4 Ways to Advance Sustainability in Packaging and Labeling

Sustainable packaging is not a one-size-fits-all solution. Packaging decision-makers must consider a bevy of options to temper organizational carbon emissions and promote supply chain efficacies for a more sustainable future.

Ruslan Khismatov Adobe Stock 409882644
ruslan_khismatov AdobeStock_409882644

Packaging, labeling and supply chain decision makers face a barrage of demands when it comes to sustainability. From consumer pressure, to new tax filing requirements for corporate carbon emissions, to state-level extended producer responsibility (EPR) regulations, which impact the cost of producing consumer packaged goods (CPGs), packaging and labeling leaders have more stakeholders than ever before. With a seemingly omnipresent watchful eye on how the industry makes sustainable strides, it’s no surprise that a recent survey of packaging and labeling decision-makers conducted by RRD found that almost all respondents (94%) agree that sustainability is a key consideration in packaging and label decisions.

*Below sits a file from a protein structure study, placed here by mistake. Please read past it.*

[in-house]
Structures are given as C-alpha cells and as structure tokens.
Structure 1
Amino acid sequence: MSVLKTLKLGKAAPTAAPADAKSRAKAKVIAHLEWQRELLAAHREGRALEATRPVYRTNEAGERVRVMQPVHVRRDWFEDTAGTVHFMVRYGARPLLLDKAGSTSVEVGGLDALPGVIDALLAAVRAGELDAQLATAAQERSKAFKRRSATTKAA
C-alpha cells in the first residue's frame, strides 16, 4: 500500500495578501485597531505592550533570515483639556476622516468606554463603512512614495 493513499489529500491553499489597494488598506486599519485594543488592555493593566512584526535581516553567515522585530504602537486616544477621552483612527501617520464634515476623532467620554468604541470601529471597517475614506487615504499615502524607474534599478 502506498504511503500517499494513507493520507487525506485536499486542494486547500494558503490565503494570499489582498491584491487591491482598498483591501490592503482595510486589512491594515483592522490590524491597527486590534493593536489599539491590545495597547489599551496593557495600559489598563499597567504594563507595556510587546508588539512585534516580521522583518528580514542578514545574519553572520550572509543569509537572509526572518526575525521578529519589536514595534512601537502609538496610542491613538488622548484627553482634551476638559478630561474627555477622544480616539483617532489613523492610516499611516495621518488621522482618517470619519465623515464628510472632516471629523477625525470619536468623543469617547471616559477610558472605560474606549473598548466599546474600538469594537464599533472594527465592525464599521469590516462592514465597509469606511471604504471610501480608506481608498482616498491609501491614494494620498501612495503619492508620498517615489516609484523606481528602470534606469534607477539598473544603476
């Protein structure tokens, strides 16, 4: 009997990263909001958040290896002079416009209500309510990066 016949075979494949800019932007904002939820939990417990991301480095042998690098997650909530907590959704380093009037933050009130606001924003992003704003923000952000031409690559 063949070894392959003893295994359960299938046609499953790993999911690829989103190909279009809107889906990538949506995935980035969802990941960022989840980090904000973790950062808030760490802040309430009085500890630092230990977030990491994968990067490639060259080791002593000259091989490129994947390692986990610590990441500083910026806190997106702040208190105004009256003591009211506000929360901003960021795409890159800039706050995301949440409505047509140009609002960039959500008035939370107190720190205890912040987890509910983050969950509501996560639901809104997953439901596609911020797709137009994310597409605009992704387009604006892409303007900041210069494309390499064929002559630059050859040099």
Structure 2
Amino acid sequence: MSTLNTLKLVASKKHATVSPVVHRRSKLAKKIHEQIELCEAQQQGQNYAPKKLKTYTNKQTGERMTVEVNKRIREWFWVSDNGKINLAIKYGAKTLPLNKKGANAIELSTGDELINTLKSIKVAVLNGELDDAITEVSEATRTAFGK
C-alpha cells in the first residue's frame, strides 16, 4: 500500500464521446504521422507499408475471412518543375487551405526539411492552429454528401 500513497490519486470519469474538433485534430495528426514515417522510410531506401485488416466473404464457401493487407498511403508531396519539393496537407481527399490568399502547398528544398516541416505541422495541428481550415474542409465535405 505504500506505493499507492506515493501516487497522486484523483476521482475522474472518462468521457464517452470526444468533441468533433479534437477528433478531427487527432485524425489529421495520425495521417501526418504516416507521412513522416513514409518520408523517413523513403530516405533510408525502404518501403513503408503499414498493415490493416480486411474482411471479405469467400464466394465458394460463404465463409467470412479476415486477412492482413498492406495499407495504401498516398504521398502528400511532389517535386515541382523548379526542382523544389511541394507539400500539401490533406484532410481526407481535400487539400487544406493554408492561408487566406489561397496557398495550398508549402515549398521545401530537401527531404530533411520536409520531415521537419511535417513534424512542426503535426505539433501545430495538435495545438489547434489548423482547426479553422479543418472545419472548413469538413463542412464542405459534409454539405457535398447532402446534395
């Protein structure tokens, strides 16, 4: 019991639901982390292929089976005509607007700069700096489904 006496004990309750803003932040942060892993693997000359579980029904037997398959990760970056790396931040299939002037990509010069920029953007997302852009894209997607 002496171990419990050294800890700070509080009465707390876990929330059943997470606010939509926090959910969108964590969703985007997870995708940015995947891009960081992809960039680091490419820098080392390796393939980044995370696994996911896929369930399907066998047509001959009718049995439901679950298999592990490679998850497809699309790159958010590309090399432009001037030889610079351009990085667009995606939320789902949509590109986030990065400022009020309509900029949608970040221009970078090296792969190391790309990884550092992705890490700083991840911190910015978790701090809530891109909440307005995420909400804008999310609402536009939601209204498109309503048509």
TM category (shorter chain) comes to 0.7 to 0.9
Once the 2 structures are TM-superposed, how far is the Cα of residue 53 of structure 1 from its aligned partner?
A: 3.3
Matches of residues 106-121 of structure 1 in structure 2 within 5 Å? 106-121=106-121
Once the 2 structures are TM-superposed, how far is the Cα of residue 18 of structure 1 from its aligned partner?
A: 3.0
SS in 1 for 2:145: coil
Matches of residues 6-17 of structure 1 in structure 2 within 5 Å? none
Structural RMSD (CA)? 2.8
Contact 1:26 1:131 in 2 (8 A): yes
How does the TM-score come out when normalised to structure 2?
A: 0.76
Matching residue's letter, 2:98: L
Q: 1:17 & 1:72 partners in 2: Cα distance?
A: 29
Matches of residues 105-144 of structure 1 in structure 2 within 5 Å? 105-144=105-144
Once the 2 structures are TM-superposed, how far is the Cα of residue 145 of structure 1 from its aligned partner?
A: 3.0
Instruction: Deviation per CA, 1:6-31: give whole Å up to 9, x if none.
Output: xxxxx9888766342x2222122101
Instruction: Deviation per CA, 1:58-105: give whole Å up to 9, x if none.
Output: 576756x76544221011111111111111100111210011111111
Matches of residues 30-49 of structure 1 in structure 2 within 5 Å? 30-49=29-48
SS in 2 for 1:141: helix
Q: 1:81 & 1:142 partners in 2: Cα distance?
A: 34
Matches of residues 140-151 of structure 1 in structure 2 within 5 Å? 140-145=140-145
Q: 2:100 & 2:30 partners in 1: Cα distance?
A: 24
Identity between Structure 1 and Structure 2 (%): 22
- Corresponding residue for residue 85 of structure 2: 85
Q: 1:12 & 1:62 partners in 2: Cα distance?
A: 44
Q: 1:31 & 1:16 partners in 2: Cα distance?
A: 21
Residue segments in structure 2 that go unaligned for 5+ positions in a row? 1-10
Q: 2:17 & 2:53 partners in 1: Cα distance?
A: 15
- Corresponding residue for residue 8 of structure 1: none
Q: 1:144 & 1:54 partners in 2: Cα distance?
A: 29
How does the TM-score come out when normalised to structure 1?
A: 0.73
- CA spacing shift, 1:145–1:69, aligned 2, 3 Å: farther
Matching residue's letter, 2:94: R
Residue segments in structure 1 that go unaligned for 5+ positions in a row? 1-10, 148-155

With these converging challenges facing the packaging and labeling industry, it’s clear that organizations need to think differently to advance the sustainability of their packaging and labeling solutions. Here are four ways to start:

Look at structural design

According to data provided by McKinsey and the CDP, CPGs are responsible for roughly 33 gigatons of CO2 released into the atmosphere. To meet worldwide sustainability targets by 2050, these levels must be reduced by half. Packaging suppliers can recommend CPGs consider working with materials such as aluminum and paperboard packaging, which are recyclable options and avoid materials or material combinations that may void the recyclability of packaging.